Many people whose main aim is to find new family and who are looking to use DNA testing as an investigative tool might have already done some research on their family tree, may well have gone as far as they can by conventional means and have hit a brick wall but want to explore their ancestry further. For people in this category their aim is to find cousins that they were previously unaware of, make contact with them, share information about their common ancestors and see if they can to join up there family trees through known relatives or through the new investigative leads they gain from each other. The nature of the inheritance of the three different kinds of DNA means that, in general, testing the kind of DNA known as autosomal DNA is best for finding previously unknown family members because it can detect all strands of your ancestry and not just unbroken male and female blood lines.
Autosomal SNP Tests
There are three companies who provide this type of DNA service, all at $99 per test (plus shipping): 23andMe, Family Tree DNA and AncestryDNA (ancestry.com). All are based in the US but 23andMe and Family Tree DNA offer the same service to customers globally. Like all tests that try to connect related people, it works by comparing your results with those held on a database containing all the individuals that have been previously tested using powerful software to search for close matches. If there are significant similarities in your DNA with other people you will be given the chance to contact them by email to explore your common ancestry.
As explained in Family Tree and DNA Inheritance, because we have many more distant cousins than we do close cousins, it is more likely, for example, that 4th cousin matches will be found rather than 2nd cousin matches and the more distant the relationship the less likely it is you will be able to share relevant information and connect your family trees. The chances of being given links to cousins with whom you share a recent ancestor is obviously dependent on how many of your extended and distant family have also been tested by the same company.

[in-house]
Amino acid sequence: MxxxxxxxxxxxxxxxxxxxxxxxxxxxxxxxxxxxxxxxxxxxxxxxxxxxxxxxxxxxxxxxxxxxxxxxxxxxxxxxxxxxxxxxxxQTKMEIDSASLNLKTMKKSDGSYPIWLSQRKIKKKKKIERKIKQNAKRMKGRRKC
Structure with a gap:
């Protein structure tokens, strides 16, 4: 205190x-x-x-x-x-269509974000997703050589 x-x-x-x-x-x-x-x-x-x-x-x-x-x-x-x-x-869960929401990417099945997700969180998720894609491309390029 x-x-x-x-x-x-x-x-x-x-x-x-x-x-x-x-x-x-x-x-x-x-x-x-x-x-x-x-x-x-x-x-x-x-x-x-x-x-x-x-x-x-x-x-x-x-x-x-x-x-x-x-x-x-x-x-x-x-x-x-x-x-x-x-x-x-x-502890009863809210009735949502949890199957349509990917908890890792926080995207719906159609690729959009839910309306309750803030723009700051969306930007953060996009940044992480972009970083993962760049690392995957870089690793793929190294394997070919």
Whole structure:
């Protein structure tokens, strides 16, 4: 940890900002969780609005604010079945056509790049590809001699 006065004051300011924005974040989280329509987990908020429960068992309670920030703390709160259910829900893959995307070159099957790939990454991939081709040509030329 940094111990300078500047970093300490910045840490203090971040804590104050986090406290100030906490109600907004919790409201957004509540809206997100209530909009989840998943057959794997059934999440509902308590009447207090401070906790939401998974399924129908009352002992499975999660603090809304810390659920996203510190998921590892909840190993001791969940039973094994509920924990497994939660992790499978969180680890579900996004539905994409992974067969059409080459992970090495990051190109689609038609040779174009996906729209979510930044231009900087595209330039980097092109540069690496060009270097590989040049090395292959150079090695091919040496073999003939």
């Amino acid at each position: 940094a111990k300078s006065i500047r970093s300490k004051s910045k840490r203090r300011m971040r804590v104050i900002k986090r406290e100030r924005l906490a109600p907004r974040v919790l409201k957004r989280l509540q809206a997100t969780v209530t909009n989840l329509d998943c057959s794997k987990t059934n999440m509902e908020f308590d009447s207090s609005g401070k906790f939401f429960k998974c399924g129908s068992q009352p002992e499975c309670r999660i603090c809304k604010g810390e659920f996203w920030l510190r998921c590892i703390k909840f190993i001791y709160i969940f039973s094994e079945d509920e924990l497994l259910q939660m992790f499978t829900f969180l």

At the moment the majority of customers on all databases built up by the three testing companies are from the US although there are significant numbers globally particularly from Britain and Europe. Even for US customers the numbers of people on the SNP databases at the moment are small when compared with the total US population (databases contain between fifty thousand to a couple of hundred thousand people depending on the company) and so the chances that you will be connected with very close relatives is not great. In other words it is more likely you’ll be connected with 4th and 3rd cousins rather than 2nd cousins – and bear in mind that it may be difficult to discover a non-DNA connection with a third cousin as you are only likely to share one out of eight pairs of your great, great grandparents. Even still, I think these tests do offer excellent value for money because a) you may be lucky and connect with a close relative, b) you may very well be interested in more distant strands of your ancestry, after all it is part of your heritage, c) more and more people are taking the test, databases are growing quickly and the service you receive is ongoing in that you will continue to receive new connections when you match with new customers being added to the database (as long as companies continue to offer the current testing platform), d) the tests include fascinating information about your ancient biogeographically origins, in other words what world populations does your unique mix of genetic material originate from?
If you are willing to invest the resources and are keen to investigate all aspects of your DNA heritage either purely out of enthusiastic curiosity or because you have lost ties with your family through adoption and are keen to leave no stone unturned, Family Tree DNA have large databases containing Y-STR and mtDNA test results from large numbers of people and these can be searched for matches and possible links to relatives not unlike autosomal SNP tests, albeit with a lower chance of finding close relatives.